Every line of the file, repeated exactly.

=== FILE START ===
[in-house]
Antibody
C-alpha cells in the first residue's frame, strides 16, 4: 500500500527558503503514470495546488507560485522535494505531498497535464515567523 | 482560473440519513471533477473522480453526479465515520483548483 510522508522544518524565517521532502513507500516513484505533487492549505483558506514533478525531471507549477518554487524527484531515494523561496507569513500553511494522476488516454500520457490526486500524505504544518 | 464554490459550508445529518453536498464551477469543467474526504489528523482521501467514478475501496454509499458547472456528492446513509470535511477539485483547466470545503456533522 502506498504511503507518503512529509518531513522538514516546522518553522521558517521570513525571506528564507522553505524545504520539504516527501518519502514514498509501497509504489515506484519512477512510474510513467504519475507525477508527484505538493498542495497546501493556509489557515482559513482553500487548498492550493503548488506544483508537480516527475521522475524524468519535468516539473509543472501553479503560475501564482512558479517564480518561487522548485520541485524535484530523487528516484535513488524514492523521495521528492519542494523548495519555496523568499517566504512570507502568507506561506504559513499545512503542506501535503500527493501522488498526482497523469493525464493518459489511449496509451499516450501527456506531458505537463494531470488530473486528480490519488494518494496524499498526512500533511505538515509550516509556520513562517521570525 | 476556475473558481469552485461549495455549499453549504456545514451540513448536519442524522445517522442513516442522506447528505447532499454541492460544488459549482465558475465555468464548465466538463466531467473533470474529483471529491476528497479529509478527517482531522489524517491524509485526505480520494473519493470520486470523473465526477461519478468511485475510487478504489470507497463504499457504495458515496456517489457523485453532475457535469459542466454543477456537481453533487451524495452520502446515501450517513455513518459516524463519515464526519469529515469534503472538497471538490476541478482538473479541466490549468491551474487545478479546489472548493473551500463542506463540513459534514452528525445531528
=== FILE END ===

[in-house]
Antibody
C-alpha cells in the first residue's frame, strides 16, 4: 500500500527558503503514470495546488507560485522535494505531498497535464515567523 | 482560473440519513471533477473522480453526479465515520483548483 510522508522544518524565517521532502513507500516513484505533487492549505483558506514533478525531471507549477518554487524527484531515494523561496507569513500553511494522476488516454500520457490526486500524505504544518 | 464554490459550508445529518453536498464551477469543467474526504489528523482521501467514478475501496454509499458547472456528492446513509470535511477539485483547466470545503456533522 502506498504511503507518503512529509518531513522538514516546522518553522521558517521570513525571506528564507522553505524545504520539504516527501518519502514514498509501497509504489515506484519512477512510474510513467504519475507525477508527484505538493498542495497546501493556509489557515482559513482553500487548498492550493503548488506544483508537480516527475521522475524524468519535468516539473509543472501553479503560475501564482512558479517564480518561487522548485520541485524535484530523487528516484535513488524514492523521495521528492519542494523548495519555496523568499517566504512570507502568507506561506504559513499545512503542506501535503500527493501522488498526482497523469493525464493518459489511449496509451499516450501527456506531458505537463494531470488530473486528480490519488494518494496524499498526512500533511505538515509550516509556520513562517521570525 | 476556475473558481469552485461549495455549499453549504456545514451540513448536519442524522445517522442513516442522506447528505447532499454541492460544488459549482465558475465555468464548465466538463466531467473533470474529483471529491476528497479529509478527517482531522489524517491524509485526505480520494473519493470520486470523473465526477461519478468511485475510487478504489470507497463504499457504495458515496456517489457523485453532475457535469459542466454543477456537481453533487451524495452520502446515501450517513455513518459516524463519515464526519469529515469534503472538497471538490476541478482538473479541466490549468491551474487545478479546489472548493473551500463542506463540513459534514452528525445531528